To test this hypothesis we have conducted the first sub-mesoscale-resolving study of flow and vertical transport in the Kerguelen Plateau region. A transition in horizontal resolution from mesoscale-resolving (1/20o) to 1/80o resolves sub-mesoscale filamentary frontal structures in which vertical velocities are dramatically higher (and are consistent with available observations). Lagrangian tracking shows that water is advected to the surface from much greater depth in the sub-mesoscale-resolving experiment, and that vertical exchange is more rapid. We conclude that the low stratification, high eddy kinetic energy flow regime that is typical of the Southern Ocean appears to be particularly susceptible to sub-mesoscale vertical transport. Vertical transport appears to depend both on topographic influence and the strength of the eddy field, suggesting possible parameterisations for submesoscale transport.
The Importance of Scale-Aware Physical Parameterizations Mesoscale to Submesoscale Permitting Simulations
Baylor Fox-Kemper, Brown University, USA
I will discuss and compare scale-aware parameterizations for high-resolution simulations, including advective, diffusive, and viscous subgrid models for Mesoscale and Submesoscale Ocean Large Eddy Simulations. Key questions about spurious and true diapyncal effects, as well as boundary conditions and regions of instability will be addressed.
Ocean modeling on unstructured meshes.
S. Danilov, with contributions from D. Sidorenko, T. Rakow, R. Timmermann, H. Gößling, Q. Wang and C. Wekerle.
(Alfred Wegener Institute Helmholtz Centre for Polar and Marine Research)
Appearing finite-volume unstructured mesh codes offer the performance that is only 2-3 times slower than their structured-mesh counterparts. They may prove important in providing regional high-resolution focus at a moderate computational price, without the need of nesting. Existing finite-element codes are substantially slower, but they still can be efficient for properly selected tasks. Examples of applications run with FESOM are given, and various discretizations on unstructured meshes are discussed.
Atmospheric responses to the North Pacific mid-latitude SST induced by western boundary currents represented in MIROC5 coupled with a nested regional ocean model
Hiroaki Tatebe1, Masao Kurogi1, Yukio Tanaka1, Hiroyasu Hasumi2
1RIGC/JAMSTEC, 2AORI/University of Tokyo, Japan
We have developed a global climate model MIROC5 coupled with a nested regional ocean model (hereafter, MIROC5n) for the purposes of improving model climate, variability. The nested regional ocean model embedded in the western North Pacific has eddy-resolving horizontal resolution. In the present study, by comparing MIROC5n and the original MIROC5, influences of the mid-latitude SST on the overlying atmosphere are demonstrated, focusing on wintertime transient eddies and large-scale circulations over the mid-latitude North Pacific. By nesting the eddy-resolving ocean model, climatological wintertime SST in the Kuroshio-Oyashio confluence zone (KO zone) becomes warmer and its meridional gradient becomes larger in MIROC5n than in MIROC5. This warmer SST is due to enhanced northward heat transport by the Kuroshio and its extension and northward retreatment of the Oyashio and subarctic fronts. Along the west coast of North America, the SST is colder in MIROC5n than in MIROC5, associated with weakening of the Aleutian low (AL). Corresponding to the SST changes and its meridional gradient in the KO zone, wintertime transient eddy activity is strengthened due to enhanced surface baroclinicity. Precipitation is also increased due to enhanced surface heat fluxes from the ocean to the atmosphere. The altered transient eddy activity results in the above-mentioned weaker AL through the eddy-mean flow interaction, leading the warmer SST in the KO zone and the colder SST along the west coast of North America. It is suggested that there is a positive feedback loop among the ocean current system in the KO zone, the transient eddies, and AL.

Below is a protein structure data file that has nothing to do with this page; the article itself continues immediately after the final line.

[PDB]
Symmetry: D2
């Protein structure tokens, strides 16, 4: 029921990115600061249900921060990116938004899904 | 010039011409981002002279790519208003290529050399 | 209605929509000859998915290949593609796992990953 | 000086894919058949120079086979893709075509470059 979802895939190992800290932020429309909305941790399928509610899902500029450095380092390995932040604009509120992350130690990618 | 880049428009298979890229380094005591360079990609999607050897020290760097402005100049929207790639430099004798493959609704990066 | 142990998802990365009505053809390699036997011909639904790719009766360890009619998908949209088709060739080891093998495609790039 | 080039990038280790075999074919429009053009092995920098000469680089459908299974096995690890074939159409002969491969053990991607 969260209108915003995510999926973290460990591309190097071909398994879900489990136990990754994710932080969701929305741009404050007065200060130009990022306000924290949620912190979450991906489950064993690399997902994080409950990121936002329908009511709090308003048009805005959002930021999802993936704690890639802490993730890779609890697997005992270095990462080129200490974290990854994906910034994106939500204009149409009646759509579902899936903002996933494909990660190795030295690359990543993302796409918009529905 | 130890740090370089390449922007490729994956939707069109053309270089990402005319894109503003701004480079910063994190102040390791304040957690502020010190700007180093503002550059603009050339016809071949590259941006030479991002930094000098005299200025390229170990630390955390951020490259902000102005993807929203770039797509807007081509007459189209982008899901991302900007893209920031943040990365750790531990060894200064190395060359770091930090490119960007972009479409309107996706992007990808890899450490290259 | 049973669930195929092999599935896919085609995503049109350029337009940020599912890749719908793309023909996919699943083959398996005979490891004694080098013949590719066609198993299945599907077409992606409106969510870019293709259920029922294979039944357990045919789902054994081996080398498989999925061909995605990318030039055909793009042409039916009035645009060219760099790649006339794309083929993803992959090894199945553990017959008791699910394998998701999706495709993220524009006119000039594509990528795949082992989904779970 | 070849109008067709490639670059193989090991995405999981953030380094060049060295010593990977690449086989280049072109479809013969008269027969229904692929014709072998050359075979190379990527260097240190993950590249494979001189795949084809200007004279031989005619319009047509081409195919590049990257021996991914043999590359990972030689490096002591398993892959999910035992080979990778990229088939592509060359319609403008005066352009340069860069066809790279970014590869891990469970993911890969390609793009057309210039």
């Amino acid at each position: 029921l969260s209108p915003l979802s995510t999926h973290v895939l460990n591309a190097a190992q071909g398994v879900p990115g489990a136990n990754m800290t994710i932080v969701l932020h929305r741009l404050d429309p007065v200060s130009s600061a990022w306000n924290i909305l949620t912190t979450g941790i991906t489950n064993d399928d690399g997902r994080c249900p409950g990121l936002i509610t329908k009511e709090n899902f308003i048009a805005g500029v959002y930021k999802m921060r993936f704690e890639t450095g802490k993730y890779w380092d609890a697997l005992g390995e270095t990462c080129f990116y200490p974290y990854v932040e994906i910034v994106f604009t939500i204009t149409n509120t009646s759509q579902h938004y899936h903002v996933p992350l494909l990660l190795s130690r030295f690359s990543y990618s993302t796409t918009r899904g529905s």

Model metrics and validation using ocean heat transport: New insights from observations
Stuart P. Bishop and Frank O. Bryan
National Center for Atmospheric Research, USA
Climate models are still reliant upon the Gent and McWilliams (1990,GM) parameterization to represent mesoscale oceanic heat and tracer transport. Higher and higher resolution (HR) simulations are routinely being used as a means to develop new parameterizations and improve GM. However, these HR simulations are rarely validated with observations. For the first time estimates of divergent eddy heat flux (DEHF) from a HR (0.1o) simulation of the Parallel Ocean Program (POP) are compared with estimates made from an array of Current and Pressure equipped Inverted Echo Sounders (CPIES) during the Kuroshio Extension System Study (KESS). The results from POP are in good agreement with KESS observations. POP captures the lateral and vertical structure of mean-to-eddy energy conversion rates, which range from 2-10 cm2 s-3. The dynamical mechanism of vertical coupling between the deep and upper ocean is the process responsible for DEHFs in POP and is in accordance with baroclinic instability observed in the Gulf Stream and Kuroshio Extension. Meridional eddy heat transport values are ~14% larger in POP at its maximum value. This is likely due to the more zonal path configuration in POP. The results from this study suggest that HR POP is a useful tool for estimating eddy statistics in the Kuroshio Extension region, and thereby provide guidance in the formulation and testing of eddy mixing parameterization schemes. Observations from dense arrays of CPIES provide a direct observational metric of eddy heat flux that is uniquely able to test this important property of HR ocean models.